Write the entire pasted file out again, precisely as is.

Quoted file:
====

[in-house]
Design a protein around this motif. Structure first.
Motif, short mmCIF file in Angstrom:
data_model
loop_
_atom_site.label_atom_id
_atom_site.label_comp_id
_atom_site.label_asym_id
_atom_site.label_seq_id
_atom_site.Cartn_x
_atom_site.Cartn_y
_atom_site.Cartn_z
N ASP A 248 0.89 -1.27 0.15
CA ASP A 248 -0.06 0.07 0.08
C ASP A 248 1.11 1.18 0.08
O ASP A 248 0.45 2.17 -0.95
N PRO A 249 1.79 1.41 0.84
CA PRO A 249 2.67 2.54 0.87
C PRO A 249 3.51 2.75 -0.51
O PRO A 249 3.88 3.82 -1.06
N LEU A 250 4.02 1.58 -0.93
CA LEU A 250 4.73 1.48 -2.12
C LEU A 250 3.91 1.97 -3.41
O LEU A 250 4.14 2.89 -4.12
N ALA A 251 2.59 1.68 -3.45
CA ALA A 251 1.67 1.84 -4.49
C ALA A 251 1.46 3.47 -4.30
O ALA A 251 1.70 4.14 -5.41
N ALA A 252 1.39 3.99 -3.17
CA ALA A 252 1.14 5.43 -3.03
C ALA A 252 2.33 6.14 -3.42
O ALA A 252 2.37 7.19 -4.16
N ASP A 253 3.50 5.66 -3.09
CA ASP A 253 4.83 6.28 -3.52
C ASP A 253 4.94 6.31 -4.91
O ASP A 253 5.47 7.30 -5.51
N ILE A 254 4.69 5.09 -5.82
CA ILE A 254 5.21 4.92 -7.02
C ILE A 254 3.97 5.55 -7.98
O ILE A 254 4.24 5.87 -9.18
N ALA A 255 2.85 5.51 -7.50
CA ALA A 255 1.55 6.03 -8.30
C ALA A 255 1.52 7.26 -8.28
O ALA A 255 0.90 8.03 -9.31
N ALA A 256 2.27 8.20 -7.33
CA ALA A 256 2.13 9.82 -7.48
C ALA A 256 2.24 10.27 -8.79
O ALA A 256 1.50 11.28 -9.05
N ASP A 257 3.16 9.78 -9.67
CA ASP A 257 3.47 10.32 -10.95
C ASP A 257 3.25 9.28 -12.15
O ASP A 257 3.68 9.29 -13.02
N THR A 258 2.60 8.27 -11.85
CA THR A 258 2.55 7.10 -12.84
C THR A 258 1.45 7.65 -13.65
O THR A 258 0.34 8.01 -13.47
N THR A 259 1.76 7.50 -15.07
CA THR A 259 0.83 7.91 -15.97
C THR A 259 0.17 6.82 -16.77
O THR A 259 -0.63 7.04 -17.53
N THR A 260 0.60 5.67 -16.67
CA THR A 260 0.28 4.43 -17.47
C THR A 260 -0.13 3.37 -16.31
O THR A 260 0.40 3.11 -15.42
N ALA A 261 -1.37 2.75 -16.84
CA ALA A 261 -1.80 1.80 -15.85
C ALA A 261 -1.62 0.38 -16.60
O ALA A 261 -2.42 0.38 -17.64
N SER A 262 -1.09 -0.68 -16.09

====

[in-house]
Design a protein around this motif. Structure first.
Motif, short mmCIF file in Angstrom:
data_model
loop_
_atom_site.label_atom_id
_atom_site.label_comp_id
_atom_site.label_asym_id
_atom_site.label_seq_id
_atom_site.Cartn_x
_atom_site.Cartn_y
_atom_site.Cartn_z
N ASP A 248 0.89 -1.27 0.15
CA ASP A 248 -0.06 0.07 0.08
C ASP A 248 1.11 1.18 0.08
O ASP A 248 0.45 2.17 -0.95
N PRO A 249 1.79 1.41 0.84
CA PRO A 249 2.67 2.54 0.87
C PRO A 249 3.51 2.75 -0.51
O PRO A 249 3.88 3.82 -1.06
N LEU A 250 4.02 1.58 -0.93
CA LEU A 250 4.73 1.48 -2.12
C LEU A 250 3.91 1.97 -3.41
O LEU A 250 4.14 2.89 -4.12
N ALA A 251 2.59 1.68 -3.45
CA ALA A 251 1.67 1.84 -4.49
C ALA A 251 1.46 3.47 -4.30
O ALA A 251 1.70 4.14 -5.41
N ALA A 252 1.39 3.99 -3.17
CA ALA A 252 1.14 5.43 -3.03
C ALA A 252 2.33 6.14 -3.42
O ALA A 252 2.37 7.19 -4.16
N ASP A 253 3.50 5.66 -3.09
CA ASP A 253 4.83 6.28 -3.52
C ASP A 253 4.94 6.31 -4.91
O ASP A 253 5.47 7.30 -5.51
N ILE A 254 4.69 5.09 -5.82
CA ILE A 254 5.21 4.92 -7.02
C ILE A 254 3.97 5.55 -7.98
O ILE A 254 4.24 5.87 -9.18
N ALA A 255 2.85 5.51 -7.50
CA ALA A 255 1.55 6.03 -8.30
C ALA A 255 1.52 7.26 -8.28
O ALA A 255 0.90 8.03 -9.31
N ALA A 256 2.27 8.20 -7.33
CA ALA A 256 2.13 9.82 -7.48
C ALA A 256 2.24 10.27 -8.79
O ALA A 256 1.50 11.28 -9.05
N ASP A 257 3.16 9.78 -9.67
CA ASP A 257 3.47 10.32 -10.95
C ASP A 257 3.25 9.28 -12.15
O ASP A 257 3.68 9.29 -13.02
N THR A 258 2.60 8.27 -11.85
CA THR A 258 2.55 7.10 -12.84
C THR A 258 1.45 7.65 -13.65
O THR A 258 0.34 8.01 -13.47
N THR A 259 1.76 7.50 -15.07
CA THR A 259 0.83 7.91 -15.97
C THR A 259 0.17 6.82 -16.77
O THR A 259 -0.63 7.04 -17.53
N THR A 260 0.60 5.67 -16.67
CA THR A 260 0.28 4.43 -17.47
C THR A 260 -0.13 3.37 -16.31
O THR A 260 0.40 3.11 -15.42
N ALA A 261 -1.37 2.75 -16.84
CA ALA A 261 -1.80 1.80 -15.85
C ALA A 261 -1.62 0.38 -16.60
O ALA A 261 -2.42 0.38 -17.64
N SER A 262 -1.09 -0.68 -16.09